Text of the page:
The Word

Yesterday I read this post about a word I hate. I love language, and I love how we use words to communicate ideas, beliefs, values and thoughts. But there are words I NEVER use, and this post talks about one of those words. As I wrote in my comment on the post, I cannot remember the taunts or words used to pick on me about my uneven gait (my waddle as we called it) or my reduced strength. But I can clearly recall exactly when and where two classmates called me this word in third grade. It was the only time I went home and cried to my mother about being made to feel less than adequate.

This word is toxic and hurtful to many. I speak to my Personal Assistants regularly about how this slur is not be used in my house.

What word raises your ire and makes your blood boil?

sunshine in puddles

My stomach is clenched trying to decide whether to rock the boat. I am not one for confrontation…I’m actually quite skilled at avoiding it. But I have to say something. I have to point out the faux pas even though I know it wasn’t intended. It was staring at me so hard that I couldn’t scroll past. This has happened a few times now. There are people who make a linguistic faux pas. The “oops, I’m sorry” (and genuinely so). No excuses made just owning a mistake. We all do booboos of some sort. I see this as an opportunity to communicate and educate. Which is much the same with those who really don’t realise their offence (fewer, and younger, but they are out there). A chance to inform is good…if not occasionally tiring.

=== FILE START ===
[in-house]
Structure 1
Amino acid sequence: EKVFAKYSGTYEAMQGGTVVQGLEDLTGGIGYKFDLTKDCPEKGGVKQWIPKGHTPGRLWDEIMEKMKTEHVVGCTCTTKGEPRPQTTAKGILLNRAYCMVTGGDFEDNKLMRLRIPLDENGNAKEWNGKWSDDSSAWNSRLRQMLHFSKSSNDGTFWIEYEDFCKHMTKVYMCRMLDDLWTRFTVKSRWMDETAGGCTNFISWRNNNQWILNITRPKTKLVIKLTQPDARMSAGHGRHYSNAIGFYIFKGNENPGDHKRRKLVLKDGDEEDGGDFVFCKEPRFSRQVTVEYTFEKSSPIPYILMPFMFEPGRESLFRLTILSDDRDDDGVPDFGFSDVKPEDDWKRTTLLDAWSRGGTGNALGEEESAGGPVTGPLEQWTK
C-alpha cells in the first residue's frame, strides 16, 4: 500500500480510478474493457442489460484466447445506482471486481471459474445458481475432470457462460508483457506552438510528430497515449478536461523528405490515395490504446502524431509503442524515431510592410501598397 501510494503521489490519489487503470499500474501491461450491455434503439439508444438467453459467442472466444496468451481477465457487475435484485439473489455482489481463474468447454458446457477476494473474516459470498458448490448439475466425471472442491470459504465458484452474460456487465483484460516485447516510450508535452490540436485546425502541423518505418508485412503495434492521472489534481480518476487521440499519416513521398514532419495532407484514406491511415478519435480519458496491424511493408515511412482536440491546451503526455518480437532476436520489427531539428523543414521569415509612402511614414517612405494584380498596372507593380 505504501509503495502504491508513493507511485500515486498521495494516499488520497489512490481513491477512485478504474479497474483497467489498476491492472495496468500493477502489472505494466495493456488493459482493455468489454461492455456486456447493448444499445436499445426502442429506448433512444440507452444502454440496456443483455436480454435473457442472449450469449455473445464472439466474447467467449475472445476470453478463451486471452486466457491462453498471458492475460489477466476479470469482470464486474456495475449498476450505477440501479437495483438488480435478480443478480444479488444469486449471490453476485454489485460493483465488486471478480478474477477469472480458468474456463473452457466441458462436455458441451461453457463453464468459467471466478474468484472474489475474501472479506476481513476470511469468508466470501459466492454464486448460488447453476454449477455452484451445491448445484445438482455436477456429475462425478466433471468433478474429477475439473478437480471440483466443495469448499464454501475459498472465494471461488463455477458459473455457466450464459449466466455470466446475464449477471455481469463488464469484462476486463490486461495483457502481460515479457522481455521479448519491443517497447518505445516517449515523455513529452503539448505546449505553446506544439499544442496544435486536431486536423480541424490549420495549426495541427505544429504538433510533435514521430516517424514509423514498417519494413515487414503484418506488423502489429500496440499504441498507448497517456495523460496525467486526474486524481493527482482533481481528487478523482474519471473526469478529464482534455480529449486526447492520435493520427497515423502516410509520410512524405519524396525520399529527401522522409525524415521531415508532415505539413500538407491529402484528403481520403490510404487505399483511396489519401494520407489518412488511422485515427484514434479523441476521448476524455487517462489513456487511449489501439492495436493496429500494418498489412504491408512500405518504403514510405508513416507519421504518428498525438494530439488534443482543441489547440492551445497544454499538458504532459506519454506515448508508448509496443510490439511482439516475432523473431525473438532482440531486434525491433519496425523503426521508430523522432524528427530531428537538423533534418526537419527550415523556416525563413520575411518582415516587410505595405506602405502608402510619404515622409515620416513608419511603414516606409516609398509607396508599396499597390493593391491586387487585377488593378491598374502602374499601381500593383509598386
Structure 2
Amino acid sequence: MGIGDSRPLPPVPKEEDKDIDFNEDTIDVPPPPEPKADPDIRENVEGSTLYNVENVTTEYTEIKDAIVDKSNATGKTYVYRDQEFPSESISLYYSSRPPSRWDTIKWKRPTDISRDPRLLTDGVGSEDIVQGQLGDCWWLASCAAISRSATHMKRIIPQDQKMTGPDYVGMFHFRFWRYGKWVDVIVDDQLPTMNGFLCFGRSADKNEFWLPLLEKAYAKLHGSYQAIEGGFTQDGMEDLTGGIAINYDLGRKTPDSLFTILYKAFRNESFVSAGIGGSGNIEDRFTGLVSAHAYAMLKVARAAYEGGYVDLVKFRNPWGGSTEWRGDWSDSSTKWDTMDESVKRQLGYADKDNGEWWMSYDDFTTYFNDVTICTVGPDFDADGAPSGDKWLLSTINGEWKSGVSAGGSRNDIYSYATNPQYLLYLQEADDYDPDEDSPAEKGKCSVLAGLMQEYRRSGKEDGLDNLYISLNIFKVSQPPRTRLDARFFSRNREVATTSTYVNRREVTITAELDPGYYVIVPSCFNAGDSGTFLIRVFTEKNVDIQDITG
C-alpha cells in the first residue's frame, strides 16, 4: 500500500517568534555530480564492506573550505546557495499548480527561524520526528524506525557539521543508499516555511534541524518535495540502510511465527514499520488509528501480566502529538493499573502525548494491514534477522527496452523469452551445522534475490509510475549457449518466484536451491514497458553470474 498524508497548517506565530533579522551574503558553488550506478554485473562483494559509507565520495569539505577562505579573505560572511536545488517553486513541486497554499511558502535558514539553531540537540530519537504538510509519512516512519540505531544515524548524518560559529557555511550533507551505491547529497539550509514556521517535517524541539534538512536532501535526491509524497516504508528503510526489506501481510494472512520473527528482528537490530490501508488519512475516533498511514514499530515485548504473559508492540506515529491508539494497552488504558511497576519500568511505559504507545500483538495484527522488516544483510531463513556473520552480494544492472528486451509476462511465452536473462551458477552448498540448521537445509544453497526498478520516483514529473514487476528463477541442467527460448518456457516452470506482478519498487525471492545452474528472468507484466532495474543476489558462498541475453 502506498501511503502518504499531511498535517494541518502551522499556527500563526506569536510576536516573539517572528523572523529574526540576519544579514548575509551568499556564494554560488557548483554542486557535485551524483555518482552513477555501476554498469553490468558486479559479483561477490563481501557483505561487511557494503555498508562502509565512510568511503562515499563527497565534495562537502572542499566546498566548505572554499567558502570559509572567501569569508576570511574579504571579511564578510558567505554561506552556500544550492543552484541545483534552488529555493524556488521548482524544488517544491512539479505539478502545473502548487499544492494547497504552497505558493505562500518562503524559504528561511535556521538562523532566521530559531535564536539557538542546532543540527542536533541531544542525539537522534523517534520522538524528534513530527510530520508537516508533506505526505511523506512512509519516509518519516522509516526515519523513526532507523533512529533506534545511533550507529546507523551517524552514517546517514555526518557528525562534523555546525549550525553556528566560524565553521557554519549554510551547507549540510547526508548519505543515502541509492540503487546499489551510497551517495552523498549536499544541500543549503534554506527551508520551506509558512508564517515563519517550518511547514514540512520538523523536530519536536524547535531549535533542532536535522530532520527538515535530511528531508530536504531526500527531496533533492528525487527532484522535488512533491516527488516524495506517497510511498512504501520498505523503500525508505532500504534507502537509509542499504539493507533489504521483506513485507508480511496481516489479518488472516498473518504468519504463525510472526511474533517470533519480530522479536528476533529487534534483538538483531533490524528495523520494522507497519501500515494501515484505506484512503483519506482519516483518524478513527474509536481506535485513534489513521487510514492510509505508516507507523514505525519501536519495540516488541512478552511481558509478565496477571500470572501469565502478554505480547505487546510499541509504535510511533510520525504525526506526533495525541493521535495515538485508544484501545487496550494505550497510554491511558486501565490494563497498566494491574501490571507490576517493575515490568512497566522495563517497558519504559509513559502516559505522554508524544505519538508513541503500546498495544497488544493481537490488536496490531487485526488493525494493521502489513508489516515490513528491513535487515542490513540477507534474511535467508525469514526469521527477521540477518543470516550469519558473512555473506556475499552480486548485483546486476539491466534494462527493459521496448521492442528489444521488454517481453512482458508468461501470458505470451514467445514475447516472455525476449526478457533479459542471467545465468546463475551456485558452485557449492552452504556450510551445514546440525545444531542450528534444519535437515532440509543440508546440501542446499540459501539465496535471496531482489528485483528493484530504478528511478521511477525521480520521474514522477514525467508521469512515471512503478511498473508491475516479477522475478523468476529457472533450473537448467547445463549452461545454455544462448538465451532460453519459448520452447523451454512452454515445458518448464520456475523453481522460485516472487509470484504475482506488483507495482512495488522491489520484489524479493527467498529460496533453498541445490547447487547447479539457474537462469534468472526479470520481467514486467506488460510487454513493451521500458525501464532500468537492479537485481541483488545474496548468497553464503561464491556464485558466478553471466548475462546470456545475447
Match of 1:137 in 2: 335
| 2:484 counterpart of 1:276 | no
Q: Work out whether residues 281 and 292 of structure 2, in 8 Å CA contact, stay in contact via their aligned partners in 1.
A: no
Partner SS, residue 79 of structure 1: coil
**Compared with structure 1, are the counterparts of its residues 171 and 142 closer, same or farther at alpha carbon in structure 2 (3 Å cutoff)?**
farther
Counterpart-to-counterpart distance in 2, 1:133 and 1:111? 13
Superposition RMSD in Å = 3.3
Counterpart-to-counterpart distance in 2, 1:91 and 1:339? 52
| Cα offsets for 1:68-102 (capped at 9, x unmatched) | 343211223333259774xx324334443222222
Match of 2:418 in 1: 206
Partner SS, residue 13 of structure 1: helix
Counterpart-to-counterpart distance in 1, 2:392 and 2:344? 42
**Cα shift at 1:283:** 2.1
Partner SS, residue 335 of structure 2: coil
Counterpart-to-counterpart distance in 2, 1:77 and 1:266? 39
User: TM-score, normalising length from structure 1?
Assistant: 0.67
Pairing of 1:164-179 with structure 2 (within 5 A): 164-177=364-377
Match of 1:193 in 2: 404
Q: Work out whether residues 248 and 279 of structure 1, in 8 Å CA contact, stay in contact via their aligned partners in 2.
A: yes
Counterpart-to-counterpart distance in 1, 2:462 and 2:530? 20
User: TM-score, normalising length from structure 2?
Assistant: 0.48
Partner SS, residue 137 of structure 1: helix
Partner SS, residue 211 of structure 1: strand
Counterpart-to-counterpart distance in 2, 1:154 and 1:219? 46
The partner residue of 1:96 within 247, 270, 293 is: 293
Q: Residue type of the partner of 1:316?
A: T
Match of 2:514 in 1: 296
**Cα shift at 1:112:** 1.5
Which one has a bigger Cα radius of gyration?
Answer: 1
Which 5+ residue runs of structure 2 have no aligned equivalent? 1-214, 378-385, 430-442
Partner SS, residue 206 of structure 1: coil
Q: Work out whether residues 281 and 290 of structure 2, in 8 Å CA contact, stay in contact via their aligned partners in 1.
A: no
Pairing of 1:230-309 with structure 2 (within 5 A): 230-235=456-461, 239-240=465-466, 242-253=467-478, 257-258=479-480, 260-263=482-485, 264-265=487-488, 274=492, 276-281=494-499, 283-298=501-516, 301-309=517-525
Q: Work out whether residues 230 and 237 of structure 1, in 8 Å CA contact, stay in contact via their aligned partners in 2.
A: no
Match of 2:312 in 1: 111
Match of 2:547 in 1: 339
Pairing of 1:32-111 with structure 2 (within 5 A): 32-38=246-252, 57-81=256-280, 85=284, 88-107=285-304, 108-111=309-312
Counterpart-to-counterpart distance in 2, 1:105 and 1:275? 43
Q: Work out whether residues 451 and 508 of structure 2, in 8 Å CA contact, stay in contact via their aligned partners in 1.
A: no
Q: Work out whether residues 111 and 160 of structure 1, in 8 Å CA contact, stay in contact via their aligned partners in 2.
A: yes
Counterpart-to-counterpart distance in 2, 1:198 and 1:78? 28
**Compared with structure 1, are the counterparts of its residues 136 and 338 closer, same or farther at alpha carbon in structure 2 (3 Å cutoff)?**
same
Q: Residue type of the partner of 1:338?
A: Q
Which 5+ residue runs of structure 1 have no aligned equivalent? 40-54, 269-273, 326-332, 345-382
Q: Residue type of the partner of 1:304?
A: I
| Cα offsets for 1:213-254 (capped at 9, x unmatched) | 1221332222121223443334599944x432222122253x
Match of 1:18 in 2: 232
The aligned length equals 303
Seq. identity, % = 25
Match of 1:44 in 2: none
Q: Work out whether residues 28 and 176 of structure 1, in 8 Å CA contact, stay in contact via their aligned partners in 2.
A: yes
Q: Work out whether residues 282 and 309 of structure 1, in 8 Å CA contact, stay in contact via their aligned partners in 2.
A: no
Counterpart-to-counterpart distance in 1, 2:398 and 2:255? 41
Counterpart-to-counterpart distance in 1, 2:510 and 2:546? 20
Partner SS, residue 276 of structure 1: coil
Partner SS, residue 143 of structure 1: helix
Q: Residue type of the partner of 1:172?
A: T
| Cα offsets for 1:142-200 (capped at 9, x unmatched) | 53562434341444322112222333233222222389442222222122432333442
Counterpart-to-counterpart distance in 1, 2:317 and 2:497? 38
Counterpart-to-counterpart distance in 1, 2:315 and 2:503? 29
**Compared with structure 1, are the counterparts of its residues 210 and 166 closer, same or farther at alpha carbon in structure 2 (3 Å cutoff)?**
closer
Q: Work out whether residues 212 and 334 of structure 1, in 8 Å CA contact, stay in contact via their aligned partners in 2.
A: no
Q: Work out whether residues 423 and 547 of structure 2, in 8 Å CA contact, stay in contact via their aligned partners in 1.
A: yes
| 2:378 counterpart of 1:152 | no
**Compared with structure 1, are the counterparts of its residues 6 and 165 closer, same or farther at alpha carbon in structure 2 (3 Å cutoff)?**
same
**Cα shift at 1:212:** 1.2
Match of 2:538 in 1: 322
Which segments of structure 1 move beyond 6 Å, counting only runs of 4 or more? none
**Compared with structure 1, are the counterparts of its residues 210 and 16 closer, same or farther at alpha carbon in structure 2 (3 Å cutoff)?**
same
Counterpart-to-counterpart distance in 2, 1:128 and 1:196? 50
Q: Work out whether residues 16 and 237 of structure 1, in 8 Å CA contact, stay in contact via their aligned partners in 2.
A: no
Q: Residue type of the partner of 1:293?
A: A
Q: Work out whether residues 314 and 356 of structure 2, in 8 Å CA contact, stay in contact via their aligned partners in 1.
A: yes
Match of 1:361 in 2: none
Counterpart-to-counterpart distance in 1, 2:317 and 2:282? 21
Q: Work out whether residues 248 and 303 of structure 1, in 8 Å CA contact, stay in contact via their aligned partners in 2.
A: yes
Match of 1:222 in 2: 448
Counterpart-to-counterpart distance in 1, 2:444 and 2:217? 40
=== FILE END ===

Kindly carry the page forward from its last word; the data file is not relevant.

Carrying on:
The term mental retardation was diagnostic, or at least medically descriptive, many moons ago. So the…

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5 thoughts on “The Word

  1. This word has such staying power for the individual and can be so painful. When my husband was in elementary school it was decided that he was not keeping up with classroom full of children and was told he needed to go to “special class” Well even though he went on to receive science and art awards in high school, and was kept back a grade, the one thing that still resonates to this day, 35 years later, was the need to go to “special class”.. Was he being disruptive in class and not paying attention? I’m sure he was. However he very much felt stigma of being different.
    I’m very sorry your little episode was so hurtful to you. I do remember that event, and how people rallied around you to teach those boys a lesson. Unfortunately it is still happening to this day.

    Liked by 1 person

    • I think it hurt me more because all I ever heard up to that point was how smart I was, how capable I was, how I was no different than anyone else. So, the insult really hit hard. Nobody likes to be made to feel different or “special.” That’s another word I dislike!

      Liked by 1 person

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